Our main goal on Artemis is to recover the population of Golden-shouldered Parrots (GSPs). We want to see more parrots back in the places they were 20 years ago.

Everything we are doing on Artemis relating to habitat restoration, predator control, feral pig control and supplementary feeding is being done to grow the population of GSPs. All combined, it’s a lot of work, costing a lot of money, and there is a lot riding on it. We’ve already lost the closely-related Paradise Parrot to extinction. We don’t want to repeat that horrible mistake with GSPs.

Paradise Parrot. Copyright W.T Cooper, with permission.

It boils down to survival: we are doing whatever it takes to increase the lifespan of GSPs. And to make sure we’re doing the right things in the right way, we are following the fate of individuals using colour-banding. 

Parrot banding video. Video curated by Braydon Moloney.


Colour-banding is a standard practice in ornithology and aviculture. It involves first capturing birds in mist-nets and fitting them with combinations of small coloured leg rings so they are individually recognisable. Understandably, mist netting and banding requires several permits and a licence from state and federal authorities, plus sign-off from an animal ethics committee.

Colour-banded parrots are monitored closely using cameras as they visit supplementary feeding stations. The automatic cameras we are currently using capture all the comings and goings by all species that visit the feeder, resulting in hundreds of thousands of photos. 

Patrick Webster colour-banded a GSP and this bird is later looking out of its nest. Colour-banding assists in identification.

We are using artificial intelligence to identify which photos contain parrots, which helps filter out the myriad of finches, doves and anything else that visits or walks past the feeders. We then manually review the remaining images to identify who’s been snapped by the camera.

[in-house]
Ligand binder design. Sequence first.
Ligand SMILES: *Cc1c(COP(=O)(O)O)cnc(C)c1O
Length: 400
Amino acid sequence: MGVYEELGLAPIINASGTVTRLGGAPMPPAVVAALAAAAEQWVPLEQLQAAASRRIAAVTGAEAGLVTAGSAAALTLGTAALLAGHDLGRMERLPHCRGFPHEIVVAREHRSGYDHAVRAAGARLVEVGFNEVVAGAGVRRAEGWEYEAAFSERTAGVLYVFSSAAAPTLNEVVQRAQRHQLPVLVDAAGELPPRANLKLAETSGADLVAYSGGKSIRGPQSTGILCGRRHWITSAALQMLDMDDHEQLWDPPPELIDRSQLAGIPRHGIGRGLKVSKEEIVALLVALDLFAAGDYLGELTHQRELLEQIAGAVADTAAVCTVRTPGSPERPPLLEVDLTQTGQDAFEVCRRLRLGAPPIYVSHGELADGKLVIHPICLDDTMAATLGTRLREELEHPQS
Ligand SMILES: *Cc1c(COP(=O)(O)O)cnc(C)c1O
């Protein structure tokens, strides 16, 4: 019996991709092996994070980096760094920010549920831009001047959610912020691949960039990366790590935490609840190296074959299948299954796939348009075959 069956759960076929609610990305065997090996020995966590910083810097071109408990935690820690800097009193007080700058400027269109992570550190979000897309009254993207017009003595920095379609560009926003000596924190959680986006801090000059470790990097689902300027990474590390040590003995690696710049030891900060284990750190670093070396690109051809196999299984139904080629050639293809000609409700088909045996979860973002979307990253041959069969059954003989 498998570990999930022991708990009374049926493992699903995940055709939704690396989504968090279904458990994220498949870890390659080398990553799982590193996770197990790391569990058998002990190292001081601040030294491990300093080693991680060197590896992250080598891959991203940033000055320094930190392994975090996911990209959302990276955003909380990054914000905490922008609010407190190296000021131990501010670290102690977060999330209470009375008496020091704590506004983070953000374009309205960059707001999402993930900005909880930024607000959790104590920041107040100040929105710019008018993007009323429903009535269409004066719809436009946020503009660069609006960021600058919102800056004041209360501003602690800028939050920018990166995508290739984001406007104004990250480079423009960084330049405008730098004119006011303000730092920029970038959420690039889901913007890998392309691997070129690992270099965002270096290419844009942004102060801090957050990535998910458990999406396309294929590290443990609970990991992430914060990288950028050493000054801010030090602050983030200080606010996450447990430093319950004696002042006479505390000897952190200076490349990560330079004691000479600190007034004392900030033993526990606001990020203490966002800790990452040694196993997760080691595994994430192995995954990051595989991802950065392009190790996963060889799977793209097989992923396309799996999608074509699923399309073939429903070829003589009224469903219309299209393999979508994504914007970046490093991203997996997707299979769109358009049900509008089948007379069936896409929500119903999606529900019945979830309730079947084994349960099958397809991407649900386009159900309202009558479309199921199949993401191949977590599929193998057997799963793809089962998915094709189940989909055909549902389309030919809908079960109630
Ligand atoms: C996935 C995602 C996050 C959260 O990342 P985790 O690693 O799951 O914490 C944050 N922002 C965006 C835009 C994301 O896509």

So far, we have analysed a subset of photos from the early period (2019-2021) when we were still figuring out the best way to restore habitats, control predators and protect nests. We are treating this period as “pre-management”, when our actions weren’t yet imparting a significantly large effect on predation rates. This pre-management baseline is providing critical information about parrot survival rates. We have learnt, for example, that females live much shorter lives than males. This fits with what we know about their biology - females do most of the nest excavating and incubating, which puts them at greater risk of predation.

Between July 2022 and now, we have restored > 60 hectares of habitat which should reduce predation. Over the next six months, we will start looking at post management survival rates and compare them against the baseline data to assess how we are tracking towards our goal of restoring the Artemis parrot population.

A group of volunteers from Queensland Bird Research and Banding Group (QBRBG) visited Artemis in November 2023. Together, we fitted coloured leg bands onto 21 new Golden-shouldered Parrots. The information we get from colour-banding is critically important because it allows us to track how these critically-endangered birds respond to our conservation management actions. Photo Credit to Braydon Moloney.